New Jersey Landlord-Tenant Laws [2023]: Tenants' Rights and FAQs (2023)

Last update:January 10, 2022ProElisabeth Suza

Lease agreements for New Jersey can be made in writing or orally. According to New Jersey law (New Jersey Statutes Annotated). Lease contracts confer certain rights on the tenant, such as the right to habitable housing and the right to seek housing without discrimination.

OwnerProceedYou have certain rights, such as B. The right to deduct costs related to damage beyond normal wear and tear and to collect rent on time.

Use: These rights existstilla different lease agreement.

Questions?To speak with a New Jersey landlord-tenant attorney,click here

Owner Responsibilities in New Jersey

In New Jersey, homeowners are required to provide habitable housing and make requested repairs in a timely manner, although the law does not specify a specific deadline. Otherwise, tenants can withhold rent, request a rent reduction, or make repairs and deduct the costs from the next month's rent.

Here is a list of essential services that landlords may or may not be responsible for.

ArticleHolder's responsibility?
residential structuresE
proper warm-upYes, apartment buildings
wall and ceilingsYes, apartment buildings
Mosquito screens on windows and doorsYes, apartment buildings
window protectionYes, apartment buildings
Smoke and carbon monoxide detectorsE
(Video) New Jersey Rental Laws Lease and Eviction Rules

Landlords cannot evict tenants in retaliation for exercising their housing rights (ie filing a health and safety complaint).

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Tenant Obligations in New Jersey

In addition to paying rent on time, New Jersey renters must:

  • Keep the device in a safe and habitable condition.
  • Keep accessories clean and hygienic.
  • Carry out minor repairs or maintenance work.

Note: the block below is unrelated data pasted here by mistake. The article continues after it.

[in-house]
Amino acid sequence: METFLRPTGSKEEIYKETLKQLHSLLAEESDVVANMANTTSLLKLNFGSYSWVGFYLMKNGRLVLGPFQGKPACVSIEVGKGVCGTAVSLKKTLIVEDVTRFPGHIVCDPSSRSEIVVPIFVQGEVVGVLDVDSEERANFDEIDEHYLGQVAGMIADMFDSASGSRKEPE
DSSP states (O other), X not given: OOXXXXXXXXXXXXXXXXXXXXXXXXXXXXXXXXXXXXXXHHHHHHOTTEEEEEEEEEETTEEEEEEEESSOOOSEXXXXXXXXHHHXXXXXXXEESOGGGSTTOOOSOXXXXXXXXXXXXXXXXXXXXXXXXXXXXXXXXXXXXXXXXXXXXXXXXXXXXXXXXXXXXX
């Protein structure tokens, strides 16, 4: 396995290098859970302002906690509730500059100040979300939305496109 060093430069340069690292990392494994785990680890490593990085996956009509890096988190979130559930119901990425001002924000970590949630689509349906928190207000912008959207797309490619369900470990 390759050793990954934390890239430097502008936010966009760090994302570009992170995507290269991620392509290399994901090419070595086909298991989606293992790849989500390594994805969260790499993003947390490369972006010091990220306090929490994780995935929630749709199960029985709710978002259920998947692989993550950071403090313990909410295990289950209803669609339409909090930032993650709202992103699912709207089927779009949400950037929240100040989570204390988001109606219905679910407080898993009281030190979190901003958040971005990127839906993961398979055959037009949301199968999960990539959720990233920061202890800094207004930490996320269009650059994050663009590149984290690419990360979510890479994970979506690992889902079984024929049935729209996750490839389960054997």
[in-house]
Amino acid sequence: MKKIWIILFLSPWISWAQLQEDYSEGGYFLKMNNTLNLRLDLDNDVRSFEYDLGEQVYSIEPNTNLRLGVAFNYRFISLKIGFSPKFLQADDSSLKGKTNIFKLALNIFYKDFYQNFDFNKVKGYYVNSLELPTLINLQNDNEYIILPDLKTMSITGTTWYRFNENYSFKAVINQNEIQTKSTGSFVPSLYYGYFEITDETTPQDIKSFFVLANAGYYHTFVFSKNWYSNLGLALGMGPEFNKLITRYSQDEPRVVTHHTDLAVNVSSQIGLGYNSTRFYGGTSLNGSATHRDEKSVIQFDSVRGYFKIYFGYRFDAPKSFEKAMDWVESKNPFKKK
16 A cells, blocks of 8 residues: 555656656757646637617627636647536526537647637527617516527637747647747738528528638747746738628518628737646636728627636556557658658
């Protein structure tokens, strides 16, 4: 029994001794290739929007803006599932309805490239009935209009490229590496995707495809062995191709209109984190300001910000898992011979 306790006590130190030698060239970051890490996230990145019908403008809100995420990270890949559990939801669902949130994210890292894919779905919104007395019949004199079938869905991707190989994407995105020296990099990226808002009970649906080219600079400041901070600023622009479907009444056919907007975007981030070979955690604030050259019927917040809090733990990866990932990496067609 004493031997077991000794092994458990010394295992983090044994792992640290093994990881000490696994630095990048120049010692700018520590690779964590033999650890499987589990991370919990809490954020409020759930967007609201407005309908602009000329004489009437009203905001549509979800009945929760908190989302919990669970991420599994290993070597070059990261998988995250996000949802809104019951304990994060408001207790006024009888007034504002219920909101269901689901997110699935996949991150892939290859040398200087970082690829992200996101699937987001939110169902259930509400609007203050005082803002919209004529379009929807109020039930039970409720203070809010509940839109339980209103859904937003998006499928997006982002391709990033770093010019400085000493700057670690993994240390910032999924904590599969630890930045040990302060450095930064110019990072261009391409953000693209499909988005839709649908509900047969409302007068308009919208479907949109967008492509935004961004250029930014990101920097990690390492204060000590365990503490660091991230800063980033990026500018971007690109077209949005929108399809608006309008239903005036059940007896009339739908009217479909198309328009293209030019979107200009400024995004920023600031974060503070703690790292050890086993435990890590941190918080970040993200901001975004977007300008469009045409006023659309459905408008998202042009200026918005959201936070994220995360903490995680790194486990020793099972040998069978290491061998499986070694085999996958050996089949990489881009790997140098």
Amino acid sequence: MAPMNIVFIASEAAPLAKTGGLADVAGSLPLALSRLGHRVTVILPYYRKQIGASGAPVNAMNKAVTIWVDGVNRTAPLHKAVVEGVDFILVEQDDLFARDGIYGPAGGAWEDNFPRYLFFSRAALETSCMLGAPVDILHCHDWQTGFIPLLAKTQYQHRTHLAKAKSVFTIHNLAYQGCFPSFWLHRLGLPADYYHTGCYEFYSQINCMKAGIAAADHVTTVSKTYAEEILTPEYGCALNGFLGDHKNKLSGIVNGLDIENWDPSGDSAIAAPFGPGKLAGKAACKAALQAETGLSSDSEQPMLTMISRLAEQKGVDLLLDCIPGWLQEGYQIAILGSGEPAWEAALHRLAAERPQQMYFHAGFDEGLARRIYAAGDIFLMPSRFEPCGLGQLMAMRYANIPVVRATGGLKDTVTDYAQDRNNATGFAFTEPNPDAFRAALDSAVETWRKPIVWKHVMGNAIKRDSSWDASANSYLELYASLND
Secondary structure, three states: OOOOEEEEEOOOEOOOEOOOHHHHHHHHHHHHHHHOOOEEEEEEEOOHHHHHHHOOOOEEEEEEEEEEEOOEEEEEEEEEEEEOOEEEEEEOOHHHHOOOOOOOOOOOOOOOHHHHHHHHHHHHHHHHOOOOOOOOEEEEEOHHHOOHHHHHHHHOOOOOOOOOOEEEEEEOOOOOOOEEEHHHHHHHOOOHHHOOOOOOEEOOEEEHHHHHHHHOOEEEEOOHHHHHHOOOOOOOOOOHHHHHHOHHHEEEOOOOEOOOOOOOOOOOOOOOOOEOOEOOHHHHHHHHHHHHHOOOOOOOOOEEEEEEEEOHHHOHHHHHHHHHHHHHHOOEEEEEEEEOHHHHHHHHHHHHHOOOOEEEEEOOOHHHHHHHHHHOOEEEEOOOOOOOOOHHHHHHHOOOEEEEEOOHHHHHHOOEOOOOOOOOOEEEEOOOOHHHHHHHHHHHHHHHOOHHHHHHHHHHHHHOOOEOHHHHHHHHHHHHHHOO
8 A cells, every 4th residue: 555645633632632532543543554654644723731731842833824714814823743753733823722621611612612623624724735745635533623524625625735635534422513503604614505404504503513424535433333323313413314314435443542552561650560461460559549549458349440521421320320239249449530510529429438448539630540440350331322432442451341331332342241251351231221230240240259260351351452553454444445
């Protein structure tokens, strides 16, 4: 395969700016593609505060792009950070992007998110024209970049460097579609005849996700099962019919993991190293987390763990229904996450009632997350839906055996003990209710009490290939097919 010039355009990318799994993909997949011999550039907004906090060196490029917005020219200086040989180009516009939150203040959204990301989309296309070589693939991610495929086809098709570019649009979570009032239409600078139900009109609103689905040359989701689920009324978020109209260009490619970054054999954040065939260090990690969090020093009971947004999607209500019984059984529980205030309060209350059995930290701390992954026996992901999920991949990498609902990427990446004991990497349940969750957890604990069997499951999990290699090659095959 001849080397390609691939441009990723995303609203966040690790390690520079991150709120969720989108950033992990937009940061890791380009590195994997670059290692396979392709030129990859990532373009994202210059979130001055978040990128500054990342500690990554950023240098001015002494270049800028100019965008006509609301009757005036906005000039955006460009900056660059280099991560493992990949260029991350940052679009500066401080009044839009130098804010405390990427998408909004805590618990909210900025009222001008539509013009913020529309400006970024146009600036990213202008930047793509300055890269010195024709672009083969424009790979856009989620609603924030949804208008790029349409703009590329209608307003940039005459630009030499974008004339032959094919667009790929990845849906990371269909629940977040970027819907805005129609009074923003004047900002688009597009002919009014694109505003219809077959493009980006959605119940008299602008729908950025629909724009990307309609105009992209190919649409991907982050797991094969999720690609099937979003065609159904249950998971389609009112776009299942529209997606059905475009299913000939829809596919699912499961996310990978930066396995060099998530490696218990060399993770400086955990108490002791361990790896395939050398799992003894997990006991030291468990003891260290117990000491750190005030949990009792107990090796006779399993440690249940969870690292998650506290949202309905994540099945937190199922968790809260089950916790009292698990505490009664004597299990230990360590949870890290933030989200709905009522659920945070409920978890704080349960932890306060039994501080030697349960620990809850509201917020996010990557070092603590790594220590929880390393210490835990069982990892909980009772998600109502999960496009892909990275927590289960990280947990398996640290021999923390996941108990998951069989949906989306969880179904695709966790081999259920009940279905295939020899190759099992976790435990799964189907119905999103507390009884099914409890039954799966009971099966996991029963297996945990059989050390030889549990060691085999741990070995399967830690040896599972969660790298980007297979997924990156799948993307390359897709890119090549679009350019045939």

• Do not disturb other tenants or neighbors.

Evictions in New Jersey

Landlords in New Jersey have the authority to evict tenants for the following reasons:

  1. non-payment of rent- If a New Jersey tenant defaults on rent, the landlord is not obligated to issue any form of eviction unless the tenant has a history of late rent payments, which is what30 day notice periodmust be issued before an eviction action is filed in court.
  2. Breach of Lease- If there is a breach of tenancy law, the landlord must first issue a notice and tenants aNotice of term. If the breach is not cured, the lessor may30 day notice period. If the tenancy conditions are not met, the landlord can demand a formal eviction.
  3. disorderly conduct– A landlord canNotice of termto any tenant who acts in a disorderly manner and disturbs the peaceful use of the premises by other tenants. If the tenant continues to commit an offence, the landlord can3 days notice.
  4. negligence/property damage– A tenant can be terminated if they cause property damage through gross negligence or willful misconduct. A landlord can3 days notice.
  5. housing violations– If a landlord is subpoenaed by government officials for owning a rental property that violates health and safety regulations, they can give the tenant a3 months notice.
  6. Interruption of use of the rented property– If the owner no longer wants to rent the property, he can18 months notice to stop smokingbefore the start of the eviction process.
  7. Do not accept rent changes– If a tenant refuses to agree to reasonable changes to the lease, landlords can provide1 month in advance to stop smokingbefore an eviction.
  8. condos conversion– If the landlord wants to convert the rental property into a condominium, landlords must notify the tenant3 years in advance to stop smoking.
  9. Personal use or sale of rented property– If an owner wants to sell the rented property to a buyer who wants to live in it, or if the current owner wants to live in it, he must2 months in advance to stop smoking.